Animal rescuers today revealed they have saved 119 of the stranded sheep on board a ship which capsized off the coast of Romania three days ago, and hope to reach more survivors by drilling holes in the side of the vessel.
The Queen Hind overturned shortly after leaving the Black Sea port of Midia with 14,600 sheep on board.
Rescuers from the charity Four Paws boarded the ship yesterday, revealing footage of the grim conditions there.
Today they announced that 119 of the animals had been rescued in the last two days and were now being treated on a Romanian government-owned farm.
Survivors: Three injured and exhausted sheep rest after they were rescued from the ‘ship of death’ which capsized three days ago with 14,600 of the animals on board
Overturned: The 260ft long cargo ship Queen Hind is seen in the water off the Romanian coast today as animal rescue workers battle desperately to save any surviving sheep
Horrific conditions: Rescuers from the charity Four Paws boarded the ship yesterday, revealing footage of the grim conditions on board
The animals were rescued by Four Paws workers along with specialists from the Romanian Inspectorate for Emergency Situations (ISU), the charity said.
More sheep may yet be found alive in compartments of the ship which have been inaccessible so far, it is hoped.
The charity and ISU are now hoping to drill holes in the body of the ship to reach more of the animals who may be trapped.
However, thousands are sure to have died and footage which emerged yesterday showed the surviving sheep clambering over mounds of lifeless bodies.
Other sheep were seen presumably drowned in pools of water which had overrun parts of the ship after it had capsized.
‘So far we have been able to rescue 119 sheep alive from the ship,’ said Four Paws’ UK director Brian da Cal.
‘Many are wondering what would happen to the animals, and we have good news: all 119 of them have already been brought to safety and are currently being treated and cared for on a farm.
‘Once the rescue mission is over, we will consider what will happen to them and how we can make sure they are well.
‘The next mission is already underway, and it is even more difficult than the previous ones: since some areas of the ship have been rendered inaccessible by the incident, our team now has to drill openings in the locked holds.
‘No one knows what awaits us behind these walls, but we hope to find sheep alive inside!’.
Footage published by the charity Four Paws showed the surviving sheep clambering over the lifeless bodies of other animals who are feared to have drowned on board the ship
Rescue operation: People prepare to board the overturned vessel today as animal rescue workers revealed they had saved 119 of the 14,600 sheep on board
Charity and emergency workers (some of whom are seen at work yesterday) are now hoping to drill holes in the body of the ship to reach more of the animals who may be trapped
‘The decision about the future of the sheep that survived will be made after the last alive animals are rescued,’ he added.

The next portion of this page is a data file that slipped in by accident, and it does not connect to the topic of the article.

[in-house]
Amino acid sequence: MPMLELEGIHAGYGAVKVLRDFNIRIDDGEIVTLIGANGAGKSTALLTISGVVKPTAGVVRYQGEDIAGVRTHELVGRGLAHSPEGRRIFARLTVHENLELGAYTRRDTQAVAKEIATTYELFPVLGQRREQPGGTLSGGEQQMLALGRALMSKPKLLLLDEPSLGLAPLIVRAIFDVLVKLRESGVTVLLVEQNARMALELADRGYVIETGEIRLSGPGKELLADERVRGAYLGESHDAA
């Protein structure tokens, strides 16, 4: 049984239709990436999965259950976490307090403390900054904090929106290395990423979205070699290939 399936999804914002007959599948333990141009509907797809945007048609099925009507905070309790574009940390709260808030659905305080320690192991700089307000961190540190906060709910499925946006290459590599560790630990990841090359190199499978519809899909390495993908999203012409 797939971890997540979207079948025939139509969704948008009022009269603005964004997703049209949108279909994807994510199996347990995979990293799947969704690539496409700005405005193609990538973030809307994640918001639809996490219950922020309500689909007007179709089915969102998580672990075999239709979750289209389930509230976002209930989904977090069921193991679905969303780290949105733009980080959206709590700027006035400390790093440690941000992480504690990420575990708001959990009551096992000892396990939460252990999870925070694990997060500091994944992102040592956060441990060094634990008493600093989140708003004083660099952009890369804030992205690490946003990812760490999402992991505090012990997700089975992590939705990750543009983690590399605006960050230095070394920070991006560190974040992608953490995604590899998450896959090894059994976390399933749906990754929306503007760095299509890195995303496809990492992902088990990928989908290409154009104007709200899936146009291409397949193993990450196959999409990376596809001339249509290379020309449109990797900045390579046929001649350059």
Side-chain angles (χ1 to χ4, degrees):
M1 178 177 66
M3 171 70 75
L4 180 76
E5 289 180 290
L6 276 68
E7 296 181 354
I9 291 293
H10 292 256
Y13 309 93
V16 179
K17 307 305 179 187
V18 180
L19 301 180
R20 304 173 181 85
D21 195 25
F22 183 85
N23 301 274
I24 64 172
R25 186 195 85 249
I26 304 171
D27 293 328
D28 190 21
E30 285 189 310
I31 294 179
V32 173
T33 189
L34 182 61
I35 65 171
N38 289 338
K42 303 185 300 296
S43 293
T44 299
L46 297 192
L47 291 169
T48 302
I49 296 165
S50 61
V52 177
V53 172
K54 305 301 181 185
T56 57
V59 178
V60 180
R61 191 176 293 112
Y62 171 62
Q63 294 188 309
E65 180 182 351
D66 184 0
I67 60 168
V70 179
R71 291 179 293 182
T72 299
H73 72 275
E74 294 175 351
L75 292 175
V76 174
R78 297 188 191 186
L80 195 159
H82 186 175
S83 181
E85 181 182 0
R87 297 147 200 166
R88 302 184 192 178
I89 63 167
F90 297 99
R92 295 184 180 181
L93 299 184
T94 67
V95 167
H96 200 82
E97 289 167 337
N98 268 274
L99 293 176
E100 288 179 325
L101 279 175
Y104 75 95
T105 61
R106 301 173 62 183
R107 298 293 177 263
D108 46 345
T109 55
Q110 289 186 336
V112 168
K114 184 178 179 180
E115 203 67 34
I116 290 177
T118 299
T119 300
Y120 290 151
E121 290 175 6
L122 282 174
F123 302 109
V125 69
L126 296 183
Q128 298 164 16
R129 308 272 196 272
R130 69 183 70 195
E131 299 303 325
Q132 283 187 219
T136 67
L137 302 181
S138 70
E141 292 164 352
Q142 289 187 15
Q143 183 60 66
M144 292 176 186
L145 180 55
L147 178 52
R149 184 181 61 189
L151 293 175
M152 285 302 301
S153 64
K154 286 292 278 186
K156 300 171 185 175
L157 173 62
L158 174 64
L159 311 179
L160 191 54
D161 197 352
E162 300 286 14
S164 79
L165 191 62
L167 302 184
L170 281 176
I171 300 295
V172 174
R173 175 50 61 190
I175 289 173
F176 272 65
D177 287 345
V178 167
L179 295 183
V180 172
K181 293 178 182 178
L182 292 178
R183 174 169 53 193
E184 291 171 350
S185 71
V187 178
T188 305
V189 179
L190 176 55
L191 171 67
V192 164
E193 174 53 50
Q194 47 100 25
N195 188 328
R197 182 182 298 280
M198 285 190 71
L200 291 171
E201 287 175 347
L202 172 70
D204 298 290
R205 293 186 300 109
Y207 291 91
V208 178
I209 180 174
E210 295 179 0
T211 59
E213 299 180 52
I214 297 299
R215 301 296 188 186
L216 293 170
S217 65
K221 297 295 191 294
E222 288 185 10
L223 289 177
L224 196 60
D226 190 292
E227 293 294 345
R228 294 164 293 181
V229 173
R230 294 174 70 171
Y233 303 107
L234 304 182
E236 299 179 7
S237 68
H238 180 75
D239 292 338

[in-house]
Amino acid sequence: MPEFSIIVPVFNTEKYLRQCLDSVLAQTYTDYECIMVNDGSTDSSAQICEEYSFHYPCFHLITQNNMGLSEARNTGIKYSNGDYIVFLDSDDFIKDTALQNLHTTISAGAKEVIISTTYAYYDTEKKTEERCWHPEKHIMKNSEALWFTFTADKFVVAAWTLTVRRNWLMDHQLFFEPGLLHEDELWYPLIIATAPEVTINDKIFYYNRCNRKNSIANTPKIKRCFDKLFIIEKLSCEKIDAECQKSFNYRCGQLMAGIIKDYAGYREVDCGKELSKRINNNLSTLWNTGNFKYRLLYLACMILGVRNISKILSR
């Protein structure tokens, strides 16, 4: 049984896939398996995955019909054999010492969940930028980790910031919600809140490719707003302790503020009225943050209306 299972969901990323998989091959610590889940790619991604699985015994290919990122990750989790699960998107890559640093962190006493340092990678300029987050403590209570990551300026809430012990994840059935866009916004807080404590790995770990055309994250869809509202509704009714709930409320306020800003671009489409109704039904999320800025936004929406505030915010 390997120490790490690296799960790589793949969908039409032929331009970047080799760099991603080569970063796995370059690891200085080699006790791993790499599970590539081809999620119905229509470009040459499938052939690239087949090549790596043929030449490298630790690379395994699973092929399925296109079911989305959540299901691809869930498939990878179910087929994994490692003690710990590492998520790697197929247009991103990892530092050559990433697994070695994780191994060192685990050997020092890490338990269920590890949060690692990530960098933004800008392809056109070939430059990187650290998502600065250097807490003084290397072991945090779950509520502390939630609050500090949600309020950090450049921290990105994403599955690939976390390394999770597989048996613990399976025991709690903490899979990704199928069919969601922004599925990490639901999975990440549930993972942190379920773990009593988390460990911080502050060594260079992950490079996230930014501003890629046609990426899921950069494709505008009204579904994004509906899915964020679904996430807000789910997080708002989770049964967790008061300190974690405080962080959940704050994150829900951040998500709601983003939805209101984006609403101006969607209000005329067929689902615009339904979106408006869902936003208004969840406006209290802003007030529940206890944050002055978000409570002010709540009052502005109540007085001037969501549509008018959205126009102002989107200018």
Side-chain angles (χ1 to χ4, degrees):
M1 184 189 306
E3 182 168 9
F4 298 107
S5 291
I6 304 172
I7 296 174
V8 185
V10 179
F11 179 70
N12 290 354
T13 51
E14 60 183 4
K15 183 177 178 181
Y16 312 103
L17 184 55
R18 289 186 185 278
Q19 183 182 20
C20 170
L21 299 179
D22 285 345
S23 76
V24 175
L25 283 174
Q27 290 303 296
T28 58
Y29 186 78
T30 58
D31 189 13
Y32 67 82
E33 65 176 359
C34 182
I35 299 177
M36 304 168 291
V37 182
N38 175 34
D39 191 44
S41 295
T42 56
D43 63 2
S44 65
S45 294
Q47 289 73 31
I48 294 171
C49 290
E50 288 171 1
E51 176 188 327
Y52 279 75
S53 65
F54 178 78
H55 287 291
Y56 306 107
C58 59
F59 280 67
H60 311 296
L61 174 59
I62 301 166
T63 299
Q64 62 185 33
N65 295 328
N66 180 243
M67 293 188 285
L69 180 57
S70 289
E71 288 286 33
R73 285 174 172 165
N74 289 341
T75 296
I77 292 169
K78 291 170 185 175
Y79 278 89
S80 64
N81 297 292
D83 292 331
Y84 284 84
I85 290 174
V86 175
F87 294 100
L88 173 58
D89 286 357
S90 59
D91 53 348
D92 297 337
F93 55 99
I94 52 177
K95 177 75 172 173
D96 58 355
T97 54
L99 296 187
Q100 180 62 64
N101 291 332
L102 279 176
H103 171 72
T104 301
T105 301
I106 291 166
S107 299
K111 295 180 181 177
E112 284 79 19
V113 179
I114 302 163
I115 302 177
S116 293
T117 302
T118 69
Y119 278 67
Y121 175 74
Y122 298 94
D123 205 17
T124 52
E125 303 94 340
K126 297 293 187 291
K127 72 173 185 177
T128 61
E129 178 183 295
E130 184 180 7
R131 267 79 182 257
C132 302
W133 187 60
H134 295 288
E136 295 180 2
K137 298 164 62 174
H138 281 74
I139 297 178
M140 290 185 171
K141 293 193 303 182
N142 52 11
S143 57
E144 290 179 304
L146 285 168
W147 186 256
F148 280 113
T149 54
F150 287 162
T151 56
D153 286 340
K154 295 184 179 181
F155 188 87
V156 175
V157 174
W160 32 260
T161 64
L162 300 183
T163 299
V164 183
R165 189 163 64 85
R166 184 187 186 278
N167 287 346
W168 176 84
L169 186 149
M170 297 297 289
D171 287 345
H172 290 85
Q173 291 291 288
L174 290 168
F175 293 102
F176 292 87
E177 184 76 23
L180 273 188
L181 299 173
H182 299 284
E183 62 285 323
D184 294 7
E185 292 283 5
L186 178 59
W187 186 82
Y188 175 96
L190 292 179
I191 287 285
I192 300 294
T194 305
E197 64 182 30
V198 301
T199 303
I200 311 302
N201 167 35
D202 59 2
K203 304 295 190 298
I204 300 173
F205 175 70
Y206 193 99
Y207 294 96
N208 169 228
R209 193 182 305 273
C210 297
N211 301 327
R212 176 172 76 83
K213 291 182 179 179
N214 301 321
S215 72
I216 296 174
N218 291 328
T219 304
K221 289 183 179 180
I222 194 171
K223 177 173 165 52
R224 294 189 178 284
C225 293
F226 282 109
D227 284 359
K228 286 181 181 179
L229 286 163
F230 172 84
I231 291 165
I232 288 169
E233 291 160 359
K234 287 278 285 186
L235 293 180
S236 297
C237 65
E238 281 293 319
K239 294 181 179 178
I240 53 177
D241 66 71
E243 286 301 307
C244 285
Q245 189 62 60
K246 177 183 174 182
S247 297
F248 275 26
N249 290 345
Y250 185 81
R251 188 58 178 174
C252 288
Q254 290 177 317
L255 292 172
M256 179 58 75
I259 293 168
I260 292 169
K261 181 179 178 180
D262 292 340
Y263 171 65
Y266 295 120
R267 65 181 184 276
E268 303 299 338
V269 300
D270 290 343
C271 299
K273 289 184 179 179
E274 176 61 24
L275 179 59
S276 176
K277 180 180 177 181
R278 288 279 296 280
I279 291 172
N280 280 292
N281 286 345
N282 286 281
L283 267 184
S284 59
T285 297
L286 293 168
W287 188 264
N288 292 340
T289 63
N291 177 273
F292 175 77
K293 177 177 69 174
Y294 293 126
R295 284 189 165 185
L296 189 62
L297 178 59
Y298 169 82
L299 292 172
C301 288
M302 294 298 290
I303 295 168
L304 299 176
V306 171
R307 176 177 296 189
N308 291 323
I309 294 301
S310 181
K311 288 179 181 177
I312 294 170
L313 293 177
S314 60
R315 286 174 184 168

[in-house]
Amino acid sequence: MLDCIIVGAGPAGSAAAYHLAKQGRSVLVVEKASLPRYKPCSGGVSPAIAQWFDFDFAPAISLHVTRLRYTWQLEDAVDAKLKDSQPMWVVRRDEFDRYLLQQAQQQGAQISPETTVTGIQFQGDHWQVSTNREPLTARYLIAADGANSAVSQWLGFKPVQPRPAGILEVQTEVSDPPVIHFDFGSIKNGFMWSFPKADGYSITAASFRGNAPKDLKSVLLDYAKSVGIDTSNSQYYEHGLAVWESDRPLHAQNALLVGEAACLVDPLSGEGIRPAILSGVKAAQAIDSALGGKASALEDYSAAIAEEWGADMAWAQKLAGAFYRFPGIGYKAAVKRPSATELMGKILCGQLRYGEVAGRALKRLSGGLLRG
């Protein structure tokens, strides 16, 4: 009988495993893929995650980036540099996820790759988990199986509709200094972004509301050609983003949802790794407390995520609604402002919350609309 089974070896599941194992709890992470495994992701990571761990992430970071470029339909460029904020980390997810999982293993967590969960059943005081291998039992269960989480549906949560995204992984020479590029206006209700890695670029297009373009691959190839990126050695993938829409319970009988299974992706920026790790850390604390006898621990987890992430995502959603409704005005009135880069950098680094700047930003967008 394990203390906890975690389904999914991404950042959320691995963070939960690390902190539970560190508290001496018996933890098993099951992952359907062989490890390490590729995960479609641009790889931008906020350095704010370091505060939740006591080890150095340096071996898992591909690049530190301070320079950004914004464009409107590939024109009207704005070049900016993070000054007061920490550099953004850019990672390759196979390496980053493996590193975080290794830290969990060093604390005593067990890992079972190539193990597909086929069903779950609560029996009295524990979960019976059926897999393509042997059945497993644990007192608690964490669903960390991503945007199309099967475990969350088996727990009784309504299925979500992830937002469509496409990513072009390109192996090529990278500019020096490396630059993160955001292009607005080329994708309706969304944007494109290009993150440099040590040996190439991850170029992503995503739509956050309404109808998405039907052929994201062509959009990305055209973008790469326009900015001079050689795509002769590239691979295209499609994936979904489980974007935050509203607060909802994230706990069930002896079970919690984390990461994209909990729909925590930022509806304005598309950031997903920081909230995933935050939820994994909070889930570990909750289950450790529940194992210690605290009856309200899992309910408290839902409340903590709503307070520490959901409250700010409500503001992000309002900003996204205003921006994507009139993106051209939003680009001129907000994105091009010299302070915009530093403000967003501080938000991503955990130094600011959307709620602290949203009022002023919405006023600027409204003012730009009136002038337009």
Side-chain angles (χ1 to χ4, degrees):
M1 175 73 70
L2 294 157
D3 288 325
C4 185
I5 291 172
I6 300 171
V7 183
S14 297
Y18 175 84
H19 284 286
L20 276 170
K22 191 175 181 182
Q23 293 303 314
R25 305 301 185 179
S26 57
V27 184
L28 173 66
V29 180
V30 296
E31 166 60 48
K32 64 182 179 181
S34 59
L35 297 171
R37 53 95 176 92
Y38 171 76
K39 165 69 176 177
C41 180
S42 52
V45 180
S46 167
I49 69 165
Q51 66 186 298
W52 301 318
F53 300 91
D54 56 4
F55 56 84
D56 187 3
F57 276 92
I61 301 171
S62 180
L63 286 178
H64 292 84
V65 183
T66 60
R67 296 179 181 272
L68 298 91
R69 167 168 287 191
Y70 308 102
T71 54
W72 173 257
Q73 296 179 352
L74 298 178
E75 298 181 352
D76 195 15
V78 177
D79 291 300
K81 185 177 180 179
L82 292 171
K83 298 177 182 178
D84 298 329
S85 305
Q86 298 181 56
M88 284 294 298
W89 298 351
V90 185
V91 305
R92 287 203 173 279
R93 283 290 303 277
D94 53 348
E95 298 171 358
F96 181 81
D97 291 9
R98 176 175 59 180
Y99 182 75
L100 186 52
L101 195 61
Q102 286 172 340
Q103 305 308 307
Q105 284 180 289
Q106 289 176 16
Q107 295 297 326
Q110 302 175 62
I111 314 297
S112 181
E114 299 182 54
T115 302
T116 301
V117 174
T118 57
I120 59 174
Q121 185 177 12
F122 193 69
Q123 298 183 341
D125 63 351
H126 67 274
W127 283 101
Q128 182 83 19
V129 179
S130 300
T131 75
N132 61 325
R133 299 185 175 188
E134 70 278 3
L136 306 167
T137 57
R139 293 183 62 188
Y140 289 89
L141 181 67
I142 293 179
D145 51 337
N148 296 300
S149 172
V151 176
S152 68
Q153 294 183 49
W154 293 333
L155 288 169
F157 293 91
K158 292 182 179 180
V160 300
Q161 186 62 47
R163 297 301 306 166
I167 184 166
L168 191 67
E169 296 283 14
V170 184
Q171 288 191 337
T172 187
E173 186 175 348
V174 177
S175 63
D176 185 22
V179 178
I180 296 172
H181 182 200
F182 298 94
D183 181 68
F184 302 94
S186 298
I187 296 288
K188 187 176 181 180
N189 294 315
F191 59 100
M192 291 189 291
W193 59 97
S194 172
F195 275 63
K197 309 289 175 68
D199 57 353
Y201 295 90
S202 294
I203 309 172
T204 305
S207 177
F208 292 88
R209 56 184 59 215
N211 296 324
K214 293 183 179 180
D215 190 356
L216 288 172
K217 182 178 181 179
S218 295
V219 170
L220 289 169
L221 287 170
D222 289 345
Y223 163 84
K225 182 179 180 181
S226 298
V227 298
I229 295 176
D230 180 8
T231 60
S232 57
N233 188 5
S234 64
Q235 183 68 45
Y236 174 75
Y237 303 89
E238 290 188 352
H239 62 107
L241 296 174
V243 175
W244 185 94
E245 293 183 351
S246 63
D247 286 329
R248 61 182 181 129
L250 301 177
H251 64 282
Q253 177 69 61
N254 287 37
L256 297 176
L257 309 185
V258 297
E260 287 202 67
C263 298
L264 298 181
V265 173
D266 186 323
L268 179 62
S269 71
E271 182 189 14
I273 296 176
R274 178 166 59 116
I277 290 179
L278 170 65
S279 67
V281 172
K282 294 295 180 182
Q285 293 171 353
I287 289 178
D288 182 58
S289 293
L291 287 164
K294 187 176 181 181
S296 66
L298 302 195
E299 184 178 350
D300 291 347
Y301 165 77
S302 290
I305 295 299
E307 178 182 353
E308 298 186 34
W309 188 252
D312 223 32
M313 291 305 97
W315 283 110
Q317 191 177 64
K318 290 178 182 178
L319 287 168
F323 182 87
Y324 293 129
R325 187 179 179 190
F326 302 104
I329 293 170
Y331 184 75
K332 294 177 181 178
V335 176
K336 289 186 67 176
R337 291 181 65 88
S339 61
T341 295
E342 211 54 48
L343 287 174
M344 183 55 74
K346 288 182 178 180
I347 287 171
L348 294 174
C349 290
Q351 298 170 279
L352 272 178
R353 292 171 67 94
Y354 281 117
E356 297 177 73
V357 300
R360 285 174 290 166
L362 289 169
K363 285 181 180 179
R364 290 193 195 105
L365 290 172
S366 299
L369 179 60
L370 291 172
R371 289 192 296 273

Four Paws said it would ‘fight to ensure that the rescued sheep find a suitable solution and protection, without further exploitation from humans.’
Yesterday Kuki Barbuceanu of the Animal Rescue and Care charity said most of the dead animals had probably fallen into water when the ship listed.
It has not yet been possible to move the Queen Hind back towards the Black Sea port, because it is still listing.
The crew of 20 Syrians and one Lebanese were rescued along with 32 of the sheep after the ship capsized a short way into its journey to Saudi Arabia.
Mihaita Gheba, chief of the local veterinary authority, said the dead sheep would be burned while surviving ones would be returned to the breeder.
It is not yet clear what caused the Palau-flagged vessel to capsize, but the case has drawn fresh attention to the controversial sea transport of livestock.
The animals were rescued by Four Paws workers (pictured) along with specialists from the Romanian Inspectorate for Emergency Situations (ISU)
The crew – 20 Syrians and one Lebanese national – were rescued along with 32 sheep (pictured)
The Queen Hind capsized on Sunday shortly after leaving the Black Sea port of Midia with 14,600 sheep on board
The country’s main livestock breeders and exporters’ association Acebop has called for an urgent investigation, saying it was ‘shocked by the disaster’.
‘If we cannot protect livestock during long-distance journeys, we should outright ban them,’ Acebop president Mary Pana said in a statement.
Acebop has previously called for legal changes that would oblige transporters to improve conditions aboard livestock carriers.
Four Paws said it was demanding an ‘outright ban of long-distance transports of live animals and a maximum of eight hours transportation duration’.
The charity ‘calls on all member states of the European Union to suspend transport of live animals to third countries immediately,’ director da Cal said.
Gabriel Paun of Animals International has also called for an inquiry to be held ‘without delay’, alleging that the ship had been overloaded.
He added that the Queen Hind already had engine problems last December.
Romania joined the EU in 2007 and is the bloc’s third-largest sheep breeder and a top exporter, primarily to Middle Eastern markets.
The veterinary authority said in a statement that the vessel had fully complied with EU regulations and that sufficient space, food and water had been provided.
Activists have labelled the livestock transport vessels – about 100 of which leave Midia every year – ‘death ships’, saying sheep risk being cooked alive on board during the hot summer months.